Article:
28 November 2018
ASEAN morning bytes

General market tone: Wait and see.

Markets are seen to tread cautiously on Wednesday with investors awaiting key developments in the week, including Fed Chair Powell's guidance on policy tonight and the G20 meeting on Friday

International theme: Calrida offers little clarity

  • Investors remain without clarity on the outlook as Fed Vice Chair Clarida gave relatively balanced comments overnight, indicating that the Fed should remain data dependent but that they were getting closer to the neutral rate. Investors have been cautiously optimistic of some form of headway with US-China trade talks with risk-taking activity likely muted until the end of the week.
China: Industrial profits severely squeezed

China's industrial profit growth slowed in October, with just 13 out of 41 sectors (including the consumer goods group) posting improved profits on a monthly basis. But businesses could enjoy better profitability in 2019 if China were to cut import tariffs on more goods

Slower profit growth a widespread phenomenon in manufacturing

Industrial profit growth slowed to 3.6% year-on-year in October from 4.1% in the previous month. This puts the year-to-date growth at 13.6% YoY in October, a slowdown from 14.7% YoY growth as of September. Comparing the two growth rate measures, it would seem the profit squeeze among Chinese manufacturers has been severe.

On a monthly basis, there was a widespread slowdown. Lower commodity prices, like ferrous metals and crude oil, could be blamed for shrinking profits at mining companies and energy drillers. There may also be expectations of lower demand for commodities due to a slowing economy. 

Not everything is unprofitable, consumer goods held up well

There are some bright spots. Profits from manufacturing consumer goods held up quite well in the last month. Textile and garments, food production, computers, telecommunication, and other electronics were among the 13 sectors which enjoyed monthly profit growth. 

We see this profit growth coming from:

  1. Lower raw material and energy prices.
  2. Steady demand for consumer goods, both from domestic and foreign economies.

China cutting tariffs could help lower production costs in 2019

Looking forward, production costs could be lower if China were to cut tariffs on more imports. This would offset higher tariffs on imports from the US, at least to some extent.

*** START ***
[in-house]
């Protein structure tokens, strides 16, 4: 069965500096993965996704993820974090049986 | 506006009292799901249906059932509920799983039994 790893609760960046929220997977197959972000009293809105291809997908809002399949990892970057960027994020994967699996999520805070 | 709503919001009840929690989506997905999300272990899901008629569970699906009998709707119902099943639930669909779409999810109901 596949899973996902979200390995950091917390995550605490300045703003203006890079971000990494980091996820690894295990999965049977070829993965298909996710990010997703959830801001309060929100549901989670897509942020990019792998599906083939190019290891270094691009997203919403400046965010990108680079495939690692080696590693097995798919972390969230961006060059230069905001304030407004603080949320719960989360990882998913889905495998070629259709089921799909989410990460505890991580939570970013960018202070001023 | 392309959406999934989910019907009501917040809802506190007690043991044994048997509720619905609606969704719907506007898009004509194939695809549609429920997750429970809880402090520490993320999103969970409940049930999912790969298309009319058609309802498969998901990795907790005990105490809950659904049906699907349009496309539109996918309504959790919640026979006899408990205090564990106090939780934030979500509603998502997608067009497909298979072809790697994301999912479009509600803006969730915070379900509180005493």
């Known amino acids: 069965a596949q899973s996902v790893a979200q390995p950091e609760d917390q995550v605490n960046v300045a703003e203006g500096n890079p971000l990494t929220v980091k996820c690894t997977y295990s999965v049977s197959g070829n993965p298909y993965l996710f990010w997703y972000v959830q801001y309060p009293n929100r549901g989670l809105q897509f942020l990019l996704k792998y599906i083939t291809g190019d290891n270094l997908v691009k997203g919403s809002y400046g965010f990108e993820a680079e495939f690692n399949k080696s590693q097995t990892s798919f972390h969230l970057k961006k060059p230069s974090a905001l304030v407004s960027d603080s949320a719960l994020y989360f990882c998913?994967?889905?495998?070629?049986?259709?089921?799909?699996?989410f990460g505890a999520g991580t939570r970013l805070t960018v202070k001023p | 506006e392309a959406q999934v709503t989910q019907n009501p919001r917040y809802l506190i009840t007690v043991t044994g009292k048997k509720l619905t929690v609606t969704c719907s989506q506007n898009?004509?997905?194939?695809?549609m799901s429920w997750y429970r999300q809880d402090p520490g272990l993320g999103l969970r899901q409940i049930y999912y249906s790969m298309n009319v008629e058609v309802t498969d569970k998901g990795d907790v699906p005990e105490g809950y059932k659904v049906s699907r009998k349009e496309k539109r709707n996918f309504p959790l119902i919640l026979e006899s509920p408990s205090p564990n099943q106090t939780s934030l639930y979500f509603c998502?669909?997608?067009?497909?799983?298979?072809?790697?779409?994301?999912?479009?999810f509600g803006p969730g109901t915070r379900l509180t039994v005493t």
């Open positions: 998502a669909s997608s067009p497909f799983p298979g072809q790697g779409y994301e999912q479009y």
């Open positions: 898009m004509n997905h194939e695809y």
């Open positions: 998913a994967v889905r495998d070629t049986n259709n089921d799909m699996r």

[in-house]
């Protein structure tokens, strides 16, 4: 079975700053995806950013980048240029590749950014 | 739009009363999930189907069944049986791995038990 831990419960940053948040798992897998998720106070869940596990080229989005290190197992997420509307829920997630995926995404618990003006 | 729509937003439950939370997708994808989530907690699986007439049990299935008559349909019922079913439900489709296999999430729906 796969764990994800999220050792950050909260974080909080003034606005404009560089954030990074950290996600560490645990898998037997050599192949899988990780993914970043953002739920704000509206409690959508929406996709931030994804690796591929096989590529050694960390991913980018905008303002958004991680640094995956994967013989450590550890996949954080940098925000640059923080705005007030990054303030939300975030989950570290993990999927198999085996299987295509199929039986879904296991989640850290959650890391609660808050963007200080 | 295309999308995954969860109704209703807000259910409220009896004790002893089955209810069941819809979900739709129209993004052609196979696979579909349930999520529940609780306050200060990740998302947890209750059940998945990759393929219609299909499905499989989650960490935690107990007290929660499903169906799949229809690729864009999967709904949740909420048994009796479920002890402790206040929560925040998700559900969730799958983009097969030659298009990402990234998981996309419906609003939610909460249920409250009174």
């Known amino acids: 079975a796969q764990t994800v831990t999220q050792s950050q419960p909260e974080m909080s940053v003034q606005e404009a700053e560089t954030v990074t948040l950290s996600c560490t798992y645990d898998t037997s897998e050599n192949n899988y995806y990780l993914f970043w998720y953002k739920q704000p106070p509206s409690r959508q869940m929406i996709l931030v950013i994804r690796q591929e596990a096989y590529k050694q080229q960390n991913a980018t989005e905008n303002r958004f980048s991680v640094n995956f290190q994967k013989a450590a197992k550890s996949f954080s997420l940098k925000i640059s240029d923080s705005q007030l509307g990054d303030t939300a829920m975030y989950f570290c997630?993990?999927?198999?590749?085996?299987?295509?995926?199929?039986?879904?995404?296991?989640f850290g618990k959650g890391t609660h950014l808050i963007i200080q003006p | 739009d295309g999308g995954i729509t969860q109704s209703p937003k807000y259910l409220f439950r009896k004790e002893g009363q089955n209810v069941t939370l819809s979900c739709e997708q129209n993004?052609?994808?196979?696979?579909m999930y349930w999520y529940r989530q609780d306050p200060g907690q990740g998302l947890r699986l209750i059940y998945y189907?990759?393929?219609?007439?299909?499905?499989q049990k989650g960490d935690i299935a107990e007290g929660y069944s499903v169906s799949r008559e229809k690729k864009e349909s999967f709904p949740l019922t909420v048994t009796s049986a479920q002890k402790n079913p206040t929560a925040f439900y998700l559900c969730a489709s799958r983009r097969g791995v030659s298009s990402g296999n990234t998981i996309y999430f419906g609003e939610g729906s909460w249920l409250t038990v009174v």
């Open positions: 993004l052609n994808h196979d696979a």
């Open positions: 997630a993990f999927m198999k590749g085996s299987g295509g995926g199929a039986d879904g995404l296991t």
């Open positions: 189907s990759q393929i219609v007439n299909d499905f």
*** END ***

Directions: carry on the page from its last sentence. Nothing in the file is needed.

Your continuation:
That's not to say an escalation of the US-China trade war won't hurt profits of Chinese manufacturers. It will, especially in terms of exports and related supply chain manufacturers. But if China were to cut import tariffs, more businesses will survive. 

India: Lower oil price a boon, politics a bane for the rupee

In yet another revision, we lower our USD/INR forecast for end-2018 to 71.5 from 74.0 and for end-2019 to 69.0 from 73.2. In the meantime, mounting political uncertainty in the run-up to general elections in May 2019 makes us think the rupee will weaken past the 73 level in the next three to six months

Lower oil price a boon for the rupee…

The Indian rupee’s (INR) 4.4% month-to-date appreciation against the USD has it on track to be an outstanding Asian currency this month. At 70.9 the USD/INR has retraced a chunk of the 15% depreciation that drove the pair above 74.0 in the first 10 months of the year. The more than 30% collapse in the crude oil price since October explains the reversal of fortune for the currency (see figure).

The expectation of slower global growth amid an intensifying US-China trade war and increased supply are depressing the oil price ahead of the OPEC meeting in early December at which US - Saudi Arabia diplomacy will weigh heavily on future supplies.

Reading time around 3 minutes

Good MornING Asia - 28 November 2018

Markets are seen to tread cautiously on Wednesday with investors awaiting key developments in the week, including Fed Chair Powell's guidance on policy tonight and the G20 meeting on Friday

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